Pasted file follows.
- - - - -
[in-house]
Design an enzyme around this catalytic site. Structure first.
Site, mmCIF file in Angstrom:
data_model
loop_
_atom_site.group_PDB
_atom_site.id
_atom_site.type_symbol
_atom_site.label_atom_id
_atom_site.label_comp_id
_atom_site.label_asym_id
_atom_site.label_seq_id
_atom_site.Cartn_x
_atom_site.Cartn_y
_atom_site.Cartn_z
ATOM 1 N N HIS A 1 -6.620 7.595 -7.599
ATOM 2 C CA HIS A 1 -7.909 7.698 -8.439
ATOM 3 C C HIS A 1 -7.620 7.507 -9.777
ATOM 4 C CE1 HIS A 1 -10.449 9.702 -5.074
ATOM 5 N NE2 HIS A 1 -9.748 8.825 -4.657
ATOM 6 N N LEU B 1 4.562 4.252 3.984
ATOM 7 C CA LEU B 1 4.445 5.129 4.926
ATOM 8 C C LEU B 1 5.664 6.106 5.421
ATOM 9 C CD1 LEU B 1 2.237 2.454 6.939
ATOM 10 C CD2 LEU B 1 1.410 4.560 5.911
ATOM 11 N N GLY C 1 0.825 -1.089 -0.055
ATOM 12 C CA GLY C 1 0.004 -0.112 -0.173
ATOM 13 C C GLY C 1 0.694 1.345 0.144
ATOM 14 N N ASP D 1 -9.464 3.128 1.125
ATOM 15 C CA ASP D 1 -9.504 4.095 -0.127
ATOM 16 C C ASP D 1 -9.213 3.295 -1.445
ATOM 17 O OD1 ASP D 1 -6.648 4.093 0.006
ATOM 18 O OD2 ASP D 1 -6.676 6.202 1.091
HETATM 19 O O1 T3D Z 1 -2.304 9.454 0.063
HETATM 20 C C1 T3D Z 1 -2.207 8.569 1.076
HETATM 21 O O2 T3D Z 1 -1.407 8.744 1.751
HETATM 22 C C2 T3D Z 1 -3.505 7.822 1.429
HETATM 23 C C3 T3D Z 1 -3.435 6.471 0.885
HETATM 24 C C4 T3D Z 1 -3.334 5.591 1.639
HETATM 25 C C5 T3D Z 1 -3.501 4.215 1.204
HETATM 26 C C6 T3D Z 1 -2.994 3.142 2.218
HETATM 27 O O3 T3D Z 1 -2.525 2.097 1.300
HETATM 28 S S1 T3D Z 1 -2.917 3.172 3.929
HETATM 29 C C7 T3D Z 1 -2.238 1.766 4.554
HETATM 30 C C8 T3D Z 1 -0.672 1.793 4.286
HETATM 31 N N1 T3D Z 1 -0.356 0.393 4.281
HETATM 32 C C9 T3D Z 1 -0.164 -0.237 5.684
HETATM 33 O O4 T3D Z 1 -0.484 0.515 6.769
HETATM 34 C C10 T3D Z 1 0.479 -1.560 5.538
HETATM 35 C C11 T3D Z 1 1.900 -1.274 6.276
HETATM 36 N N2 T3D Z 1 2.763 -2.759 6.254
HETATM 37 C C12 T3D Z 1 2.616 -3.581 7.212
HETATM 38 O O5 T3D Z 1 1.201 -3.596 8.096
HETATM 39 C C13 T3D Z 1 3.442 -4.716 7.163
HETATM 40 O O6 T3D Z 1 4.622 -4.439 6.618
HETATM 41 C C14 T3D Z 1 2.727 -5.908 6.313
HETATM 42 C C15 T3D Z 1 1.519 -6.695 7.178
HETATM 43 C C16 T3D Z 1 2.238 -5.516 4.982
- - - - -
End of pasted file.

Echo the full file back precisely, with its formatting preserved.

[in-house]
Design an enzyme around this catalytic site. Structure first.
Site, mmCIF file in Angstrom:
data_model
loop_
_atom_site.group_PDB
_atom_site.id
_atom_site.type_symbol
_atom_site.label_atom_id
_atom_site.label_comp_id
_atom_site.label_asym_id
_atom_site.label_seq_id
_atom_site.Cartn_x
_atom_site.Cartn_y
_atom_site.Cartn_z
ATOM 1 N N HIS A 1 -6.620 7.595 -7.599
ATOM 2 C CA HIS A 1 -7.909 7.698 -8.439
ATOM 3 C C HIS A 1 -7.620 7.507 -9.777
ATOM 4 C CE1 HIS A 1 -10.449 9.702 -5.074
ATOM 5 N NE2 HIS A 1 -9.748 8.825 -4.657
ATOM 6 N N LEU B 1 4.562 4.252 3.984
ATOM 7 C CA LEU B 1 4.445 5.129 4.926
ATOM 8 C C LEU B 1 5.664 6.106 5.421
ATOM 9 C CD1 LEU B 1 2.237 2.454 6.939
ATOM 10 C CD2 LEU B 1 1.410 4.560 5.911
ATOM 11 N N GLY C 1 0.825 -1.089 -0.055
ATOM 12 C CA GLY C 1 0.004 -0.112 -0.173
ATOM 13 C C GLY C 1 0.694 1.345 0.144
ATOM 14 N N ASP D 1 -9.464 3.128 1.125
ATOM 15 C CA ASP D 1 -9.504 4.095 -0.127
ATOM 16 C C ASP D 1 -9.213 3.295 -1.445
ATOM 17 O OD1 ASP D 1 -6.648 4.093 0.006
ATOM 18 O OD2 ASP D 1 -6.676 6.202 1.091
HETATM 19 O O1 T3D Z 1 -2.304 9.454 0.063
HETATM 20 C C1 T3D Z 1 -2.207 8.569 1.076
HETATM 21 O O2 T3D Z 1 -1.407 8.744 1.751
HETATM 22 C C2 T3D Z 1 -3.505 7.822 1.429
HETATM 23 C C3 T3D Z 1 -3.435 6.471 0.885
HETATM 24 C C4 T3D Z 1 -3.334 5.591 1.639
HETATM 25 C C5 T3D Z 1 -3.501 4.215 1.204
HETATM 26 C C6 T3D Z 1 -2.994 3.142 2.218
HETATM 27 O O3 T3D Z 1 -2.525 2.097 1.300
HETATM 28 S S1 T3D Z 1 -2.917 3.172 3.929
HETATM 29 C C7 T3D Z 1 -2.238 1.766 4.554
HETATM 30 C C8 T3D Z 1 -0.672 1.793 4.286
HETATM 31 N N1 T3D Z 1 -0.356 0.393 4.281
HETATM 32 C C9 T3D Z 1 -0.164 -0.237 5.684
HETATM 33 O O4 T3D Z 1 -0.484 0.515 6.769
HETATM 34 C C10 T3D Z 1 0.479 -1.560 5.538
HETATM 35 C C11 T3D Z 1 1.900 -1.274 6.276
HETATM 36 N N2 T3D Z 1 2.763 -2.759 6.254
HETATM 37 C C12 T3D Z 1 2.616 -3.581 7.212
HETATM 38 O O5 T3D Z 1 1.201 -3.596 8.096
HETATM 39 C C13 T3D Z 1 3.442 -4.716 7.163
HETATM 40 O O6 T3D Z 1 4.622 -4.439 6.618
HETATM 41 C C14 T3D Z 1 2.727 -5.908 6.313
HETATM 42 C C15 T3D Z 1 1.519 -6.695 7.178
HETATM 43 C C16 T3D Z 1 2.238 -5.516 4.982